Falk Responds to Rubenfeld’s Thoughts on Rape by Fraud in Yale Law Journal’s Online Essays

Professor Patricia J. Falk

Professor Patricia J. Falk

C|M|LAW Professor Patricia J. Falk has published an essay, Not Logic, but Experience: Drawing on Lessons from the Real World in Thinking About the Riddle of Rape-by-Fraud, in YLJO, the Yale Law Journal Online.  Her essay is a response to an article by Jed Rubenfeld, The Riddle of Rape-by-Deception and the Myth of Sexual Autonomy, 122 YALE L.J. 1372 (2013), in which, according to YLJO  editors, “he argued for a new rape law principle that aims to unravel an intriguing riddle that he has posed about obtaining sex by means of deception.”  According to Falk, “Rubenfeld argues the legal system should not criminalize rape-by-deception because the notion that rape law vindicates the victim’s sexual autonomy is a myth that should be rejected. He proposes that we enshrine the right to self-possession, in place of sexual autonomy, as the guiding principle at the heart of rape law, likening rape under these circumstances to slavery and torture, and suggests that we only punish those who violate this right of self-possession. One result of this analysis is to resurrect the “much-maligned” force requirement as the defining, indispensable element of rape. He argues: “States may criminalize all sex-by-deception if they choose, but violent rape violates fundamental rights in a way that sexual deception doesn’t, offering a justification to states that choose to stick to the force requirement.”  In her responsive essay, YLJO editors write that Professor Falk  “. . . argues that Professor Jed Rubenfeld’s solution to the “riddle of rape-by-deception” goes too far in eviscerating the body of rape law that courts and legislatures have developed over the past decades. Falk suggests that eliminating nonconsent and foregrounding force is a mistake, and that it is instead critical to think more robustly about what meaningful consent and sexual autonomy might require.”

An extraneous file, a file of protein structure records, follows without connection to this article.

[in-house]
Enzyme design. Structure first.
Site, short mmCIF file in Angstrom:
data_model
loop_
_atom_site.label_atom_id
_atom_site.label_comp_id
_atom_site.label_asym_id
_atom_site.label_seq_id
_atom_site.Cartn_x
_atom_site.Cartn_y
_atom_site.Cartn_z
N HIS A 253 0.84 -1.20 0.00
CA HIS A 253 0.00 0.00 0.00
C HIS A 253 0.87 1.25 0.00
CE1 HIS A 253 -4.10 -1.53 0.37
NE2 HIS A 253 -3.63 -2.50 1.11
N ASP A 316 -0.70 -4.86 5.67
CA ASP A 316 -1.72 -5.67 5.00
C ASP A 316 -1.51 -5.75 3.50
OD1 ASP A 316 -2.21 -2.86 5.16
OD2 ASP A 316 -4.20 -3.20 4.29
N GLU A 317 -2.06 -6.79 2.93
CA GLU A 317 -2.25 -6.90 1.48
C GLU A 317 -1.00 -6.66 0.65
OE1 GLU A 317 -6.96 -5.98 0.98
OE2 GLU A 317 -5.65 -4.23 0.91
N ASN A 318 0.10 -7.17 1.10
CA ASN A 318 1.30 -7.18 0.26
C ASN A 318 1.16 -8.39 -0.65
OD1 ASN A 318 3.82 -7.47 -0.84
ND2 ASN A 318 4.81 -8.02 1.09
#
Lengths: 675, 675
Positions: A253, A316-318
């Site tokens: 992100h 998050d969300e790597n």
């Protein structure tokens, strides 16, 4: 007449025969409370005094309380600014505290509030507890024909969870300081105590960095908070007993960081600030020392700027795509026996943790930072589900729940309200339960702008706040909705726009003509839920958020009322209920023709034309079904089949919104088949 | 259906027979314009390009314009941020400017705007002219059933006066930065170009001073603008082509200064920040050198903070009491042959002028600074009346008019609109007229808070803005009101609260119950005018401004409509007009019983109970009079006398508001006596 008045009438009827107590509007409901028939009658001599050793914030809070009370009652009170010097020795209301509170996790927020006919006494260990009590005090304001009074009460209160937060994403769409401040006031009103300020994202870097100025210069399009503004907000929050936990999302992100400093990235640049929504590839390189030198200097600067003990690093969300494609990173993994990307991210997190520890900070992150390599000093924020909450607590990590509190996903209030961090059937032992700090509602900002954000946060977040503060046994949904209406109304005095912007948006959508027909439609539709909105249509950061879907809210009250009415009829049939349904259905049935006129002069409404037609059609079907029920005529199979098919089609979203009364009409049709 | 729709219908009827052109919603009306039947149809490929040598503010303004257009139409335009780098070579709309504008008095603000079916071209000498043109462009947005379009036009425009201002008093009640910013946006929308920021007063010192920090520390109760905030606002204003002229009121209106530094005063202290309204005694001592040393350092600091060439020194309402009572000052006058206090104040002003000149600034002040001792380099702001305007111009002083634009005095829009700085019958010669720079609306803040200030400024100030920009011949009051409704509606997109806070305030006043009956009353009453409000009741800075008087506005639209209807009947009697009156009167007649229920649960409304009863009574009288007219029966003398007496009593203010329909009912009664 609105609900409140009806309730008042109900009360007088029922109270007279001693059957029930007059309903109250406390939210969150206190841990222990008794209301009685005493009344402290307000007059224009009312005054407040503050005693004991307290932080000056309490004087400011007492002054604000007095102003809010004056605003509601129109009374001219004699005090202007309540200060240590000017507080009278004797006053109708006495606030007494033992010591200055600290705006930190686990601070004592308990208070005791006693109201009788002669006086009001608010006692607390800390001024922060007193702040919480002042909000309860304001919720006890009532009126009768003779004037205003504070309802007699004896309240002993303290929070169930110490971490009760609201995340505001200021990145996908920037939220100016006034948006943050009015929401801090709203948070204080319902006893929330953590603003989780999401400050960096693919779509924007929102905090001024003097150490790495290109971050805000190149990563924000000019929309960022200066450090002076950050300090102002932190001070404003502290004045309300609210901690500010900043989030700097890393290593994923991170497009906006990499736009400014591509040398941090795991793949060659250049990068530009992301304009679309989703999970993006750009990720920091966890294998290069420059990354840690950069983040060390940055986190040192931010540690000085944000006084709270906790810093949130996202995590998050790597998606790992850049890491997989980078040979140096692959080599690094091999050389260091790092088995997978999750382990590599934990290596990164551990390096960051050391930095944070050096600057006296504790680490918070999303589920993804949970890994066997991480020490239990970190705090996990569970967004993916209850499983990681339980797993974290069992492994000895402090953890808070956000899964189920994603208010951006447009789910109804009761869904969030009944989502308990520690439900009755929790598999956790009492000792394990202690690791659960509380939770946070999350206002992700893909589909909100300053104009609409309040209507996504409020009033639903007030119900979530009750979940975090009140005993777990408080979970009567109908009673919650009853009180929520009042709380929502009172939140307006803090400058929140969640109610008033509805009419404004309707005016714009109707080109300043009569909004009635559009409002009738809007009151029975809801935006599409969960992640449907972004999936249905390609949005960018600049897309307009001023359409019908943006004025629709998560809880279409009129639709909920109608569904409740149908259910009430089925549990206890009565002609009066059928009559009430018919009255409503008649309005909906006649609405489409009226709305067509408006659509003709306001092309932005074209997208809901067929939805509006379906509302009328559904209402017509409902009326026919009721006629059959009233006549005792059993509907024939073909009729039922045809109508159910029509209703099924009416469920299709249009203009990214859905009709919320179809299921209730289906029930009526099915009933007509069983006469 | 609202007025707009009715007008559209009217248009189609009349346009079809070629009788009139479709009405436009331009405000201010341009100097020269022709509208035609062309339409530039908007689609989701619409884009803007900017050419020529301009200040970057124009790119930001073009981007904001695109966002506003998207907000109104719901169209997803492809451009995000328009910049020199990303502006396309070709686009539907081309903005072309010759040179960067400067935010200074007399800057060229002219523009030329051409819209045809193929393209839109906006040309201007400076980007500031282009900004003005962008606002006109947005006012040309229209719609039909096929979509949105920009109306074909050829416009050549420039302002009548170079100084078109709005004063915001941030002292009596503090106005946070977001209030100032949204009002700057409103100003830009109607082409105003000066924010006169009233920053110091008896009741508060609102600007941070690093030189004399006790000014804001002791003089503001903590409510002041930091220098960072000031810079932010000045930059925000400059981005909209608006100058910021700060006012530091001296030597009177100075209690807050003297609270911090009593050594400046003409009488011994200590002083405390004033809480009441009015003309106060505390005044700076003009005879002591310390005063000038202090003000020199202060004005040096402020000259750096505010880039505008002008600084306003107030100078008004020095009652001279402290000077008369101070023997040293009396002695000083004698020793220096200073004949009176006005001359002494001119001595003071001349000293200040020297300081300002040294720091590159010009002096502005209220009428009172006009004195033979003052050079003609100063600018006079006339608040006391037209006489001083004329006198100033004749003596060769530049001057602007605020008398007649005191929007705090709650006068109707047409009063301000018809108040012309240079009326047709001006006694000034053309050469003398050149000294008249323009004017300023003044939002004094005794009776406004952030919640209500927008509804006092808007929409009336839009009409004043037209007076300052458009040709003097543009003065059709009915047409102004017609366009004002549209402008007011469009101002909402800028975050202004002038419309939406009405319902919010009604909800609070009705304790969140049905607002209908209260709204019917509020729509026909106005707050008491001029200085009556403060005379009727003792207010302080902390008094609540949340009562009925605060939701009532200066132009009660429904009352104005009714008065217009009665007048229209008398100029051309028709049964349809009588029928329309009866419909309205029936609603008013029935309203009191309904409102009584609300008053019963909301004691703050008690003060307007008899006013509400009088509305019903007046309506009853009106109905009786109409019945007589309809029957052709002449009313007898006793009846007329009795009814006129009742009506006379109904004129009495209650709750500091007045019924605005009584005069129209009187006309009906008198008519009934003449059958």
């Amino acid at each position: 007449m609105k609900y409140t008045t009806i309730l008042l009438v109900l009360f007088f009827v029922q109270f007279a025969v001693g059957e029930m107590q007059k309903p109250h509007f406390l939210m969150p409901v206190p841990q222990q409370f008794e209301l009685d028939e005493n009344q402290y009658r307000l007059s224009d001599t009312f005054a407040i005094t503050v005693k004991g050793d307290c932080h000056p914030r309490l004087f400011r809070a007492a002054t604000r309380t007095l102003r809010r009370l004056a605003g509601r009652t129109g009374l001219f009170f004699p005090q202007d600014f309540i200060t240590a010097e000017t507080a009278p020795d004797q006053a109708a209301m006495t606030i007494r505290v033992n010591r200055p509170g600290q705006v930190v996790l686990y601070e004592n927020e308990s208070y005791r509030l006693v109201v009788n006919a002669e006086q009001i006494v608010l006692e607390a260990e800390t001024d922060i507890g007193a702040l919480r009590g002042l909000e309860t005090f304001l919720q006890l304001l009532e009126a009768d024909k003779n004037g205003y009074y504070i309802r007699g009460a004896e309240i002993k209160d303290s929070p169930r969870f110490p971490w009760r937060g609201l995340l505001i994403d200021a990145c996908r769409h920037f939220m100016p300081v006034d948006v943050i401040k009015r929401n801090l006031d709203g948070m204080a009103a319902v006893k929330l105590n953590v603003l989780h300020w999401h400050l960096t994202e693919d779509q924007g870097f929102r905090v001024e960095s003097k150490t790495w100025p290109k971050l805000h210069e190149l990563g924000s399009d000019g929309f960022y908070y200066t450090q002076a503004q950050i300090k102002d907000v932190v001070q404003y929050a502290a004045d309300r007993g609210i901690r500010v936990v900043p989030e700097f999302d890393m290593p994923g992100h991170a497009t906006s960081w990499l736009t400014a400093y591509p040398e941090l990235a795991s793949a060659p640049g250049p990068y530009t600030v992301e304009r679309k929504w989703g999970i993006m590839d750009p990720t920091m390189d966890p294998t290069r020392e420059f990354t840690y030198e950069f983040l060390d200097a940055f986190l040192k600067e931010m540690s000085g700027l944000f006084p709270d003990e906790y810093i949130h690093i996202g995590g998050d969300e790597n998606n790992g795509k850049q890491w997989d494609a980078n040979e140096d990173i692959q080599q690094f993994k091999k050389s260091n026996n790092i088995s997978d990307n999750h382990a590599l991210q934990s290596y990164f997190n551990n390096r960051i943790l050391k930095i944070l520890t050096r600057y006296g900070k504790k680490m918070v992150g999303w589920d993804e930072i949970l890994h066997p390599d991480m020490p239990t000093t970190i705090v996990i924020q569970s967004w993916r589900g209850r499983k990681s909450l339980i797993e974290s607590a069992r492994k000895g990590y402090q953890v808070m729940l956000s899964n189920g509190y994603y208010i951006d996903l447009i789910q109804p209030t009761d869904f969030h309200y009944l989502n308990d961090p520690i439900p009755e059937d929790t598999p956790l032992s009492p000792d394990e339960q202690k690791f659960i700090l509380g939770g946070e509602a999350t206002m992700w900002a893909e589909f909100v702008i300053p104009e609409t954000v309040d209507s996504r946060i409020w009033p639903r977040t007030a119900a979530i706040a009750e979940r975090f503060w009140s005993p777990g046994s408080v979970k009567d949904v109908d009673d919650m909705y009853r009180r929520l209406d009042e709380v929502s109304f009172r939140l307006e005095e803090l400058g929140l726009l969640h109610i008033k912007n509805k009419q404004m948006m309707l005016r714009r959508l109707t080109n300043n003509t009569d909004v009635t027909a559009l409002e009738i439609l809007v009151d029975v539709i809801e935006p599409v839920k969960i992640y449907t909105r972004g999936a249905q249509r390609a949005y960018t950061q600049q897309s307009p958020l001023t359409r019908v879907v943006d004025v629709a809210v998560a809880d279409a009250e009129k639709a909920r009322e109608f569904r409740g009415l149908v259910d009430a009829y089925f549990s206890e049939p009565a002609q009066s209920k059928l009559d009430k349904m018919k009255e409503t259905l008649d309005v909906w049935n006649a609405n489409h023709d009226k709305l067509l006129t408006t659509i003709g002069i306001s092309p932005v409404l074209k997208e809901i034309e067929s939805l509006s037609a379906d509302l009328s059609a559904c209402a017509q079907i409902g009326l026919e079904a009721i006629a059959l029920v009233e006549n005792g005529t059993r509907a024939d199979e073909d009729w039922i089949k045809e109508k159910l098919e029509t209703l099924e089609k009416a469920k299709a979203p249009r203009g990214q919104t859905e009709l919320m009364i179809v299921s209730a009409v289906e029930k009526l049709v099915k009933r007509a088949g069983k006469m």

To read Professor Falk’s essay, click here:

http://www.yalelawjournal.com/criminal-law-and-sentencing/1223-not-logic-but-experience-drawing-on-lessons-from-the-real-world-in-thinking-about-the-riddle-of-rape-by-fraud

Professor Rubenfeld’s article is here:  http://www.yalelawjournal.org/images/pdfs/1153.pdf

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